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Once Were Warriors: The Musical: A $4 Million Production

Yeah, right. I KNOW what you're thinking. "Aw, man, I've watched the movie and sort of read the book so who wants to see the musical?" Believe me, YOU do. Especially as it's being directed by the great man himself - Jim Moriarty / Artistic Director of Te Rakau Hua O Te Wao Tapu Trust - a Maori charitable trust performing theatre in schools, marae, remand centres, prisons and at-risk communities. Some of you might have seen the incredible productions out at the men and women's prisons (Christchurch) or at Kingslea.

Quite simply, Jim Moriarty is a legend and that being so it was hardly surprising I found myself reduced to something of a cliché - i.e. dumb blonde mode - when I met him in person.

Once were warriors cast photo

We'd been invited out to 'Bootcamp' for the interview where the cast of 40 are holed up for several weeks for rehearsals. Basically, they're stuck in the middle of the Canterbury Plains surrounded by drought, raging n'west winds and not much of anythin' else apart from their energy, enthusiasm, the freshest well water in the world … oh, and a one hundred percent commitment to make this musical a landmark in NZ theatre.

They were just breaking for lunch when we arrived so it was over a plate of nachos (me praying that I didn't dribble sour cream anywhere or have strands of lettuce dangling from my teeth) that we chatted about Once Were Warriors The Musical.

Jim MoriartyHow can this work as a musical drama?
Because it has passion. One of the major things that strikes you is the passion. Every major character is driven by it one way or another and once you think of the passion in musical terms, you can recognise the huge potential. And it's about being able to turn your life around, to find a pathway out - just look at Beth Heke. It's about hope. I was lucky really because it's the second time I've been approached to direct this. Artco bought the rights five or six years ago but the first time round I was too committed with other things so it was great to be offered another go. What's more I'm being paid for the two passions in my life - wellness and theatre - makes a pleasant change from trying to get funding for our other productions.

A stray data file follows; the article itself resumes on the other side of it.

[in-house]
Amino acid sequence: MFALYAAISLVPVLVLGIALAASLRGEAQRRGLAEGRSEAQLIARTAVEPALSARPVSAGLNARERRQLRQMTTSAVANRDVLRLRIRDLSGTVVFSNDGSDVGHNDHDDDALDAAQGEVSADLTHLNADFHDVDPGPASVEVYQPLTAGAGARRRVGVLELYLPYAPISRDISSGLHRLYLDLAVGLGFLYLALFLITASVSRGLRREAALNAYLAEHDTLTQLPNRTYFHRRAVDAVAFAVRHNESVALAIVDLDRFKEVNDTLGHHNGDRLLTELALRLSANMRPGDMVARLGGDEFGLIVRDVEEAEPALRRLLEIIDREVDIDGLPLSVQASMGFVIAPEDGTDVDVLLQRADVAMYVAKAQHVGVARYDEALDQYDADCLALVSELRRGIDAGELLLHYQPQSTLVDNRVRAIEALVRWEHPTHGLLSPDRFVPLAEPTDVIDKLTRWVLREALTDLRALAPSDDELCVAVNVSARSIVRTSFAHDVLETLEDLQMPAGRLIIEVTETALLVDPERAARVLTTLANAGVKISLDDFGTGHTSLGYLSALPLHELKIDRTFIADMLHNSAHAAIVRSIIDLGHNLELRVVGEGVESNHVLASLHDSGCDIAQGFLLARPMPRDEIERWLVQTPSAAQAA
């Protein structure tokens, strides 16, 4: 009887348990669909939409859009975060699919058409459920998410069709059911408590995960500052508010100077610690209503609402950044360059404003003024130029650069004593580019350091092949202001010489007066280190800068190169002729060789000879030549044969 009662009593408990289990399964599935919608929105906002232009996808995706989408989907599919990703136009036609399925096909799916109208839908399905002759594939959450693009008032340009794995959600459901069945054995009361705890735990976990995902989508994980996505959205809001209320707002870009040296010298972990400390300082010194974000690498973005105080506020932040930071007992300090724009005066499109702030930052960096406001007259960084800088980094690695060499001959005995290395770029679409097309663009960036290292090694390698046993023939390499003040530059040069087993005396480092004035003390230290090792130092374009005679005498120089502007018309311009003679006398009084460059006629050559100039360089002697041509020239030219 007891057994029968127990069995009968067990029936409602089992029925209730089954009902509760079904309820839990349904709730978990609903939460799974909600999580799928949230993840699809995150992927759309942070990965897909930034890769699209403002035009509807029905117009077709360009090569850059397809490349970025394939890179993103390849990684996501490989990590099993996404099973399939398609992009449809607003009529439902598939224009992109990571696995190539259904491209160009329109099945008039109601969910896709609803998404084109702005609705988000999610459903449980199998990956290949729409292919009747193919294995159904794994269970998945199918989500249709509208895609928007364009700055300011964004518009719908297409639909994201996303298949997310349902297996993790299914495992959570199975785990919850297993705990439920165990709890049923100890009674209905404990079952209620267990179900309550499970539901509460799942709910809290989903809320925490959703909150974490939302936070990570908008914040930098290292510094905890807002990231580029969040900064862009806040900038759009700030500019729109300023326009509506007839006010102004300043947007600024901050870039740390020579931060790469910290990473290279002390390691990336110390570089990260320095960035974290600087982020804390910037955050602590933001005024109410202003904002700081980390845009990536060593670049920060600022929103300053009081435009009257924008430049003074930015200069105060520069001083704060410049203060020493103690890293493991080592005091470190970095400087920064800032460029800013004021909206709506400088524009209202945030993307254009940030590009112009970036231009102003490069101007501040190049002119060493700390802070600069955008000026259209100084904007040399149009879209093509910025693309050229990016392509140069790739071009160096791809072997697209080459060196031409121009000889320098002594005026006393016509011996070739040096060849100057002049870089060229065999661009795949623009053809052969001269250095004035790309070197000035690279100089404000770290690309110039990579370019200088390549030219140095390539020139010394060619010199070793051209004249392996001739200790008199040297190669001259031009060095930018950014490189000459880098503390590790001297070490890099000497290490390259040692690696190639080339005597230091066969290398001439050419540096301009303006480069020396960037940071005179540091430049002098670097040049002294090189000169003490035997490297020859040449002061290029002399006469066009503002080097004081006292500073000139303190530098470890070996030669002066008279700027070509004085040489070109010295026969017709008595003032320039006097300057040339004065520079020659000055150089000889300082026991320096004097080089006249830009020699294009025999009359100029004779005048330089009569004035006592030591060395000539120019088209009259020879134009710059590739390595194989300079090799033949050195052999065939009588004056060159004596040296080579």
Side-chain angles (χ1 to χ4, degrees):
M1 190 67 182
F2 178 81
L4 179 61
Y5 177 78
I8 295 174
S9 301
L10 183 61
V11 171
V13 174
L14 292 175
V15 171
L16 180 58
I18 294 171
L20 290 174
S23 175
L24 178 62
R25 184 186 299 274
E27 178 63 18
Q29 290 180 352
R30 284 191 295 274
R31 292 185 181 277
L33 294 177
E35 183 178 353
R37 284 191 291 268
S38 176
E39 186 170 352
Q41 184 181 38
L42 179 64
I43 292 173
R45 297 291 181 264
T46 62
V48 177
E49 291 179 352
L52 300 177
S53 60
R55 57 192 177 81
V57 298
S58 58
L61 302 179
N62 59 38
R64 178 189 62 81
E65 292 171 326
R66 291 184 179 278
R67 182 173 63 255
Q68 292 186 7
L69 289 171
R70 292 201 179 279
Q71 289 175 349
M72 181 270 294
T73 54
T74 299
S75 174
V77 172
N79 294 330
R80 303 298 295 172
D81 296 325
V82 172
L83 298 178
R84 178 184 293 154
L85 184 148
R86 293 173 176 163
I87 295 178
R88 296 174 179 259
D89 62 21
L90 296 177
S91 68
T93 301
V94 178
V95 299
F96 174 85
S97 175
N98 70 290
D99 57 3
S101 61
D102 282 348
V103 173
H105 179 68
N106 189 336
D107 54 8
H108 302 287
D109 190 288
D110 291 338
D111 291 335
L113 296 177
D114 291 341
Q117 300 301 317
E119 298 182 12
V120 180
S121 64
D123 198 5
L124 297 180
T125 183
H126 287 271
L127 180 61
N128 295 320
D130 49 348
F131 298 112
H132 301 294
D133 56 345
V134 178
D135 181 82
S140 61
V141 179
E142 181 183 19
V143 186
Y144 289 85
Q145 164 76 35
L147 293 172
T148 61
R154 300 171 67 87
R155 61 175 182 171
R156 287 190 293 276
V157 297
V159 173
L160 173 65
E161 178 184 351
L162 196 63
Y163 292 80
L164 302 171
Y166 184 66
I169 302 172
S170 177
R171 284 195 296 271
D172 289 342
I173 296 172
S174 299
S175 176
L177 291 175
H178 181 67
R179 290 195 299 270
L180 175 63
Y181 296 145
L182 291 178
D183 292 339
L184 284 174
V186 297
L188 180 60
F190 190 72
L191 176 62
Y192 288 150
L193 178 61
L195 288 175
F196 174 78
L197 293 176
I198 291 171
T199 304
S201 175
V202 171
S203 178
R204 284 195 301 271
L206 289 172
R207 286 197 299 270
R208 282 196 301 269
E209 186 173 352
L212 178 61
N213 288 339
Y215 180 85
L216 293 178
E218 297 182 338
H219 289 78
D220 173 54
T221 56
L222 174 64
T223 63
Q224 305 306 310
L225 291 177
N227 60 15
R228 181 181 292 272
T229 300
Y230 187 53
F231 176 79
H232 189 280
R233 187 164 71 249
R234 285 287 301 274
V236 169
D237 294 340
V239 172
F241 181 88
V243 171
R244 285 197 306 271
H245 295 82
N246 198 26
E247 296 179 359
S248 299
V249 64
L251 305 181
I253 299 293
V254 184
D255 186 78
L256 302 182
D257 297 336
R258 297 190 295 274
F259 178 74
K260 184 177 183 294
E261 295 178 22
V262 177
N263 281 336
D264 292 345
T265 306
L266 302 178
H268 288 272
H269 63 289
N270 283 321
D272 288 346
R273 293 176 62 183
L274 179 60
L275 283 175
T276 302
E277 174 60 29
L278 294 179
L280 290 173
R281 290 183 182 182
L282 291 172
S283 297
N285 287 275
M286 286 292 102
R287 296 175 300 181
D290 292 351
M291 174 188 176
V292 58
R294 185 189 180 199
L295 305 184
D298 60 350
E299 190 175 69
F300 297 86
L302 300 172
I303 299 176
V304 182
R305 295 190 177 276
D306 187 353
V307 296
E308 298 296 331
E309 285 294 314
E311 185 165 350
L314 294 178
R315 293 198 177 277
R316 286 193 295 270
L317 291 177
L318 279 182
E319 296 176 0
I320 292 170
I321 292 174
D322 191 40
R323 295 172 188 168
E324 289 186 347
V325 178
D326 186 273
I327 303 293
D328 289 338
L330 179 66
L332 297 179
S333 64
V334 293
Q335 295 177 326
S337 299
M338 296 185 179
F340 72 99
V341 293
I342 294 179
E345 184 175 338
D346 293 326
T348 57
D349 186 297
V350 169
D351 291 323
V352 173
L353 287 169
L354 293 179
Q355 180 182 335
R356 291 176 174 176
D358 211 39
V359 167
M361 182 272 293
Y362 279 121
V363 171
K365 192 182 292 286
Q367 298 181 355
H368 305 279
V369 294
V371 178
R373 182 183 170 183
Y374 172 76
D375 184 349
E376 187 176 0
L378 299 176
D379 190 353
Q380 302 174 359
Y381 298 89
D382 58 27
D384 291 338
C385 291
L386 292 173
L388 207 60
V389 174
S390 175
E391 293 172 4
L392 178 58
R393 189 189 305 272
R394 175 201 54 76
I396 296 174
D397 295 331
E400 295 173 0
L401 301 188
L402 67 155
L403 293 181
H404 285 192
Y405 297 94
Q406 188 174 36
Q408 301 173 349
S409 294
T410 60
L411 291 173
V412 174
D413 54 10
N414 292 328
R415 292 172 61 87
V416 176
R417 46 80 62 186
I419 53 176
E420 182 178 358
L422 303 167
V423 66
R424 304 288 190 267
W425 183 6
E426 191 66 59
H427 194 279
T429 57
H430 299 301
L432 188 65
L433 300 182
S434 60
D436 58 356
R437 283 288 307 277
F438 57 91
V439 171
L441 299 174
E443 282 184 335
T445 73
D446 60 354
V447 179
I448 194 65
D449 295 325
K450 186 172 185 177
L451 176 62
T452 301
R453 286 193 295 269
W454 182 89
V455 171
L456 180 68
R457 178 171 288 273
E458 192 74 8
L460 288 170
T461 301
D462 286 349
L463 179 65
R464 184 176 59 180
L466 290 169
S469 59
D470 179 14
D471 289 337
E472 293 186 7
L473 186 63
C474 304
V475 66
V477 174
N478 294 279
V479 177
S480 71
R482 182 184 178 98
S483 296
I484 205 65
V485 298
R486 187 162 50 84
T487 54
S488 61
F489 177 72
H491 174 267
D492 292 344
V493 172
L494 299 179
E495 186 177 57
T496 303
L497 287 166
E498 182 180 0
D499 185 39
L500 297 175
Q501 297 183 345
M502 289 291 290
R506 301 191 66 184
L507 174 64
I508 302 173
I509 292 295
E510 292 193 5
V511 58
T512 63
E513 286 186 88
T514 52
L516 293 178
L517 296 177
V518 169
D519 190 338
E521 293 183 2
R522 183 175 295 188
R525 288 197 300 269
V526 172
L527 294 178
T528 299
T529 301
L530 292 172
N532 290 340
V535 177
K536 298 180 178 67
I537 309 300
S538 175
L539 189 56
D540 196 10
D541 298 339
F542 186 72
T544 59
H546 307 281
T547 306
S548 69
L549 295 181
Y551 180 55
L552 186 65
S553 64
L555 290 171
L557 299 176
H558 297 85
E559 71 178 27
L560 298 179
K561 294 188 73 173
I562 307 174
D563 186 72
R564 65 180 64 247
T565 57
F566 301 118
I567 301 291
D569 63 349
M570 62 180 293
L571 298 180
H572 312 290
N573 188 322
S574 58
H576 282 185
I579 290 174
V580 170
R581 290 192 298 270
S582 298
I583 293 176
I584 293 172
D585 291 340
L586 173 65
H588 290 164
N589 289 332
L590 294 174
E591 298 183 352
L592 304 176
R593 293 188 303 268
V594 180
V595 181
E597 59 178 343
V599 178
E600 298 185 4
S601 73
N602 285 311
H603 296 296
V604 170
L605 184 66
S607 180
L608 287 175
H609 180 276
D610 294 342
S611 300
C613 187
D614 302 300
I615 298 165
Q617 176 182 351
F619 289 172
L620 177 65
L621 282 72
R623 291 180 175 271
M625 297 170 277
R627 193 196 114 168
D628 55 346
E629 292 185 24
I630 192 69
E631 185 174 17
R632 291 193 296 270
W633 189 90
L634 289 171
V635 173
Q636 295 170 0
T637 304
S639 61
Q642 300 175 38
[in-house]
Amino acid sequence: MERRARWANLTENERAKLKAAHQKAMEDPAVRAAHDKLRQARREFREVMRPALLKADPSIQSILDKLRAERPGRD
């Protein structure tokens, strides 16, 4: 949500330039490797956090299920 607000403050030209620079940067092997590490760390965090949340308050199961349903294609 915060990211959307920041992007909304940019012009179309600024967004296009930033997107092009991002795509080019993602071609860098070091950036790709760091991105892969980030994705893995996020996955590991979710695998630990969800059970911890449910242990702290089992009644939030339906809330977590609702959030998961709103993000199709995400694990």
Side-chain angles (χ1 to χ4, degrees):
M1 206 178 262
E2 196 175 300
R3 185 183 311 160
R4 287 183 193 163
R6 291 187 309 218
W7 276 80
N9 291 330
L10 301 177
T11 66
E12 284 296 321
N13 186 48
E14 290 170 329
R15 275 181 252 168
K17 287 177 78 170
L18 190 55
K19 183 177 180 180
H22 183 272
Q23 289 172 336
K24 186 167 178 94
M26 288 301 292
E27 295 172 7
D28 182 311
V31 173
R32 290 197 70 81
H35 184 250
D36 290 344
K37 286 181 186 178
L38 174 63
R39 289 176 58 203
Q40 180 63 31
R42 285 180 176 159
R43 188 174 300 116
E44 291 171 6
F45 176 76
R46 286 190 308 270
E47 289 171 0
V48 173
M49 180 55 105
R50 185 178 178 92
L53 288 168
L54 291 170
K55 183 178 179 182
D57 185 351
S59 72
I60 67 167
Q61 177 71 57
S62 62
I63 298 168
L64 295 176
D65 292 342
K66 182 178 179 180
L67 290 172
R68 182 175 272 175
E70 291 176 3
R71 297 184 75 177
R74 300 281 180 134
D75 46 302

Is it different to the movie?
Totally. We've got a few surprises including some Pakeha actors where you'll least expect them and the characters will provoke a lot more sympathy - including Uncle Bully! All in all, the musical is much more subtle and way more poignant.
In what way would it especially appeal to a teen audience?
We've got 26 young people in the cast from a total of 40 - and they're characters that other teens will be able to associate or identify with - they're their peers up there. When I accepted the role as director, a draft of the script and music had already been written but I felt it needed more input so the first week here we spent workshopping where everyone had a chance to express their ideas regarding their characters, the music (played by an 8-piece band), the choreography, the dancing. It was an organic process and our younger actors played a huge role in that.